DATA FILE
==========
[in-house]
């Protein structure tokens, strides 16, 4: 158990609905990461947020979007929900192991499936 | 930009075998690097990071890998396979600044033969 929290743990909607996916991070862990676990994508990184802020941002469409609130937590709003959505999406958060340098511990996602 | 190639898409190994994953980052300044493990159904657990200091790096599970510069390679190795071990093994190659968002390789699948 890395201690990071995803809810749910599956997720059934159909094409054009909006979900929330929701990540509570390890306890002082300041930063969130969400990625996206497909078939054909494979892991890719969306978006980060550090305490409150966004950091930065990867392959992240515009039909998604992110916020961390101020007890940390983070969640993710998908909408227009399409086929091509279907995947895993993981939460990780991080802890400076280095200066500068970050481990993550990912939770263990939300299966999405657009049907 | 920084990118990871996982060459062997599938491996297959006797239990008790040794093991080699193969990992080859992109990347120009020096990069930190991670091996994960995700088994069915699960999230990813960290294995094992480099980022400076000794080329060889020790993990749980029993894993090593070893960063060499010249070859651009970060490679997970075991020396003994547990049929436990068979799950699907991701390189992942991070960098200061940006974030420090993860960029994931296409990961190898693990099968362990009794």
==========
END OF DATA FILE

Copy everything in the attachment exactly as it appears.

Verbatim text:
[in-house]
């Protein structure tokens, strides 16, 4: 158990609905990461947020979007929900192991499936 | 930009075998690097990071890998396979600044033969 929290743990909607996916991070862990676990994508990184802020941002469409609130937590709003959505999406958060340098511990996602 | 190639898409190994994953980052300044493990159904657990200091790096599970510069390679190795071990093994190659968002390789699948 890395201690990071995803809810749910599956997720059934159909094409054009909006979900929330929701990540509570390890306890002082300041930063969130969400990625996206497909078939054909494979892991890719969306978006980060550090305490409150966004950091930065990867392959992240515009039909998604992110916020961390101020007890940390983070969640993710998908909408227009399409086929091509279907995947895993993981939460990780991080802890400076280095200066500068970050481990993550990912939770263990939300299966999405657009049907 | 920084990118990871996982060459062997599938491996297959006797239990008790040794093991080699193969990992080859992109990347120009020096990069930190991670091996994960995700088994069915699960999230990813960290294995094992480099980022400076000794080329060889020790993990749980029993894993090593070893960063060499010249070859651009970060490679997970075991020396003994547990049929436990068979799950699907991701390189992942991070960098200061940006974030420090993860960029994931296409990961190898693990099968362990009794």